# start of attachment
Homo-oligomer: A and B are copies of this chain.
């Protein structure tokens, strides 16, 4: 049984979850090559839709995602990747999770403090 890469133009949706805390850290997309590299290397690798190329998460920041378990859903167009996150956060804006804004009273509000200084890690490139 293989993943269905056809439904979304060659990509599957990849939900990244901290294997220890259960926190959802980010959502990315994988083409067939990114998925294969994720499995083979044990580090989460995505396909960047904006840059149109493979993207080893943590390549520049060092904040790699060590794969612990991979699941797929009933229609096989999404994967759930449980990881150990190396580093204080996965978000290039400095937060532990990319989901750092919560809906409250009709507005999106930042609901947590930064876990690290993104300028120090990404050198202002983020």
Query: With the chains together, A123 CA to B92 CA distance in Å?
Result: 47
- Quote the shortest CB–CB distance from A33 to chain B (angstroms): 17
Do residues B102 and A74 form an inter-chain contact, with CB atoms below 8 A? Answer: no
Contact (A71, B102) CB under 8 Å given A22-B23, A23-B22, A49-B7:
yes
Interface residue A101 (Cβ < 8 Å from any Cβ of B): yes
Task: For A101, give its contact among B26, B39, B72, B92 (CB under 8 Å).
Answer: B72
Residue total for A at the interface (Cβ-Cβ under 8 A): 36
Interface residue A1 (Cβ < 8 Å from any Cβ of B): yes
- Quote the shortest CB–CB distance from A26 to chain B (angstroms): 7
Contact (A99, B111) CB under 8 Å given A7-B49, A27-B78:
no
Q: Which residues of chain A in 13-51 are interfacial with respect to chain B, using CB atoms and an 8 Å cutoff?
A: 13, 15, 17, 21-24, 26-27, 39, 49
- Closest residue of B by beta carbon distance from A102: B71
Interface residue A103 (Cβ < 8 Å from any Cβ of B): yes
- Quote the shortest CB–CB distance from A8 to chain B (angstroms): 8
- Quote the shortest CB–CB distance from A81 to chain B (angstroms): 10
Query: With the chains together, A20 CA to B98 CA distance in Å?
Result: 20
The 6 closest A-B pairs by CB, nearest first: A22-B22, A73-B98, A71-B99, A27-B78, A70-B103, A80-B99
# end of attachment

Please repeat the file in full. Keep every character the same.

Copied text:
Homo-oligomer: A and B are copies of this chain.
């Protein structure tokens, strides 16, 4: 049984979850090559839709995602990747999770403090 890469133009949706805390850290997309590299290397690798190329998460920041378990859903167009996150956060804006804004009273509000200084890690490139 293989993943269905056809439904979304060659990509599957990849939900990244901290294997220890259960926190959802980010959502990315994988083409067939990114998925294969994720499995083979044990580090989460995505396909960047904006840059149109493979993207080893943590390549520049060092904040790699060590794969612990991979699941797929009933229609096989999404994967759930449980990881150990190396580093204080996965978000290039400095937060532990990319989901750092919560809906409250009709507005999106930042609901947590930064876990690290993104300028120090990404050198202002983020």
Query: With the chains together, A123 CA to B92 CA distance in Å?
Result: 47
- Quote the shortest CB–CB distance from A33 to chain B (angstroms): 17
Do residues B102 and A74 form an inter-chain contact, with CB atoms below 8 A? Answer: no
Contact (A71, B102) CB under 8 Å given A22-B23, A23-B22, A49-B7:
yes
Interface residue A101 (Cβ < 8 Å from any Cβ of B): yes
Task: For A101, give its contact among B26, B39, B72, B92 (CB under 8 Å).
Answer: B72
Residue total for A at the interface (Cβ-Cβ under 8 A): 36
Interface residue A1 (Cβ < 8 Å from any Cβ of B): yes
- Quote the shortest CB–CB distance from A26 to chain B (angstroms): 7
Contact (A99, B111) CB under 8 Å given A7-B49, A27-B78:
no
Q: Which residues of chain A in 13-51 are interfacial with respect to chain B, using CB atoms and an 8 Å cutoff?
A: 13, 15, 17, 21-24, 26-27, 39, 49
- Closest residue of B by beta carbon distance from A102: B71
Interface residue A103 (Cβ < 8 Å from any Cβ of B): yes
- Quote the shortest CB–CB distance from A8 to chain B (angstroms): 8
- Quote the shortest CB–CB distance from A81 to chain B (angstroms): 10
Query: With the chains together, A20 CA to B98 CA distance in Å?
Result: 20
The 6 closest A-B pairs by CB, nearest first: A22-B22, A73-B98, A71-B99, A27-B78, A70-B103, A80-B99